If you have a European Health Insurance Card, make sure it hasn’t expired as they are valid for two years only after issue. If it has, or if you don’t have one go to www.ehic.ie or your local health office to get one. Your new card should be sent to you within ten days.

Do not go via a dodgy online agent that charges to supply them. Remember the card is free to get and is your entitlement.

You need one for each family member and the card gives you access to public health services across the EU, EEA (Norway, Iceland and Liechtenstein) and Switzerland, as though you were a citizen of that country, when you are on a temporary stay there. (If you are an Irish resident you don’t need one for the UK however.)

If you have a Smartphone you can also download the free EHIC App (from the European Commission), which gives information and advice on the public healthcare services available in each country.

This can be useful if you need to visit the doctor or hospital while you are abroad, so that you’ll know the difference between public and private visits so that you can avoid the latter. This information is also available on the EHIC website if you don’t have a Smartphone.

6. Car rental – beware of the add-ons

Don’t leave it until you’re there to rent a car as you’re likely to get a better deal in advance.

But don’t be sucked in by the advertised upfront daily price alone. Consider the add-ons and extras such as for insurance, damage waiver, child seat, crossing a border, alternative pick-up or drop off point, and so on. They will quickly add up and the actual rental price you pay may not be anything like the initial, advertised, price.

Make sure you get a ‘collect full, return full’ fuel policy, as if you have to return it empty, you’ll be charged a higher fuel price by the rental company.

Whatever you do, check the car for scratches and scrapes before you drive off and again on return, taking pictures for reference. And if the car rental company tries to charge you for damage you didn’t do afterwards, or if they try and add some other charge that you had never heard of before, don’t let them. Contact the European Consumer Centre for assistance in getting a refund if you were wrongly charged by a car rental company in another European country.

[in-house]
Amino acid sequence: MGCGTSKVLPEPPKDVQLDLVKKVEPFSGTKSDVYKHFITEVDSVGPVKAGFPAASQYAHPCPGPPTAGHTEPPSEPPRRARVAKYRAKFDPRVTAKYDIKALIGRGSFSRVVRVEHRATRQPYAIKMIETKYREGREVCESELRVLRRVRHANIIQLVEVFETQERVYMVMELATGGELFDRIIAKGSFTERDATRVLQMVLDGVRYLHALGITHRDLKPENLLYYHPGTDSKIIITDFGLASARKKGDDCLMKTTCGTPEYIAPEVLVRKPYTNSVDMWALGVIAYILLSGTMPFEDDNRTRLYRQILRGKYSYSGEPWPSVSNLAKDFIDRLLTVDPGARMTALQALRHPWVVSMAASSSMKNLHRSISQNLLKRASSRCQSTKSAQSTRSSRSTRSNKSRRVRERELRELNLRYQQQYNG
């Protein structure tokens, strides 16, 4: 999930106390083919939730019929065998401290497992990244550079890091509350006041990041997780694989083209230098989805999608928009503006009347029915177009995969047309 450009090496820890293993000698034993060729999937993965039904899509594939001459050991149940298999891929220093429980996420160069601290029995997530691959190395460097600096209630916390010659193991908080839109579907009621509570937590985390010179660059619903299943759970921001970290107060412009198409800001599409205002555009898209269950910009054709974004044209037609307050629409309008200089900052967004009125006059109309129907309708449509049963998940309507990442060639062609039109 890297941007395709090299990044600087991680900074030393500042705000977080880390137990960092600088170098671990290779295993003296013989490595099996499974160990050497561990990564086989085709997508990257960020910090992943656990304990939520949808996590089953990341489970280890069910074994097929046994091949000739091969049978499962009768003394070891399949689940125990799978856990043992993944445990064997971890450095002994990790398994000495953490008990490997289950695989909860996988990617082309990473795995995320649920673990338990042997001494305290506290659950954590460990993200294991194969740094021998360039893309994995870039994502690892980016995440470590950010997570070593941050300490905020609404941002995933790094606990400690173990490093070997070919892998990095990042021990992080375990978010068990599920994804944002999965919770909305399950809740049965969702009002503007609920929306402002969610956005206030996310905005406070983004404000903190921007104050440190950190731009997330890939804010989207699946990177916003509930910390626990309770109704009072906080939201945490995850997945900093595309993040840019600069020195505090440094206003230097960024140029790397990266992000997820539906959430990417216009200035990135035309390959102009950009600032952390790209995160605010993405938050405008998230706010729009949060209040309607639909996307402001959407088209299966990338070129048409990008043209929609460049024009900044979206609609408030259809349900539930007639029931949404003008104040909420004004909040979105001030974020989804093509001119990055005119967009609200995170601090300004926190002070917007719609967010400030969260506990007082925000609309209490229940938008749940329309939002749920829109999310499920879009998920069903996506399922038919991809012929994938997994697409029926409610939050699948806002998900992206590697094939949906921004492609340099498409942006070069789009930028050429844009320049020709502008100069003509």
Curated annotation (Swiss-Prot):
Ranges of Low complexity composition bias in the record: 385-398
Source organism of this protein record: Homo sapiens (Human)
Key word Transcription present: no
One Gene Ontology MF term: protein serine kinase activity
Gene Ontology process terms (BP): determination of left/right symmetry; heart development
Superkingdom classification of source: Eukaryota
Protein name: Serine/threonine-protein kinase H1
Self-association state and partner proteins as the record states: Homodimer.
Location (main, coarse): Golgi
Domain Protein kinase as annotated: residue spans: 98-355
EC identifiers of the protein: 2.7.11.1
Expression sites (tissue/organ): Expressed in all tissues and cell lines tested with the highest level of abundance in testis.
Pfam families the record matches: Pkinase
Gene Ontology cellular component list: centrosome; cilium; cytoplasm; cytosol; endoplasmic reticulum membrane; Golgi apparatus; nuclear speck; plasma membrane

7.Always pre-book airport parking.

If you can’t get public transport to the airport (which is likely to be cheaper than driving and parking), then cut parking costs by booking in advance and using comparison sites.

You can choose between the airport’s short and long-term car parks but also other privately run airport car parks such as quickpark near-by and even hotel parking near airports.

You can search for all the different prices and car parks available at the Irish airport you are using on www.parksmart.ie. For example, a search for parking at Dublin airport from this Saturday for one week, gave options for different car parks from €29.75 to €40.

8. Avoid airline charges

If you are flying with a low-fares airline like Aer Lingus or Ryanair, remember that there will be extra charges, for example for putting your bag in the hold, priority boarding, and even for paying with certain types of cards.

Plan this carefully in advance as these charges are higher at the airport than if you buy beforehand.

For example, if you’re flying with Ryanair and forget to print your boarding card you’ll be charged €60 at the airport. If you pre-book sports equipment it costs €50 each way but €60 at the airport. And for your first piece of luggage to be put in the hold (15Kg) during high season it costs €30 in advance but €120 if you have to book at the airport.

With Aer Lingus putting your bag in the hold costs between €15 and €20 if you pre-book but is between €30 and €40 if you do it at the airport. For sports equipment the cost jumps from €30 to €40.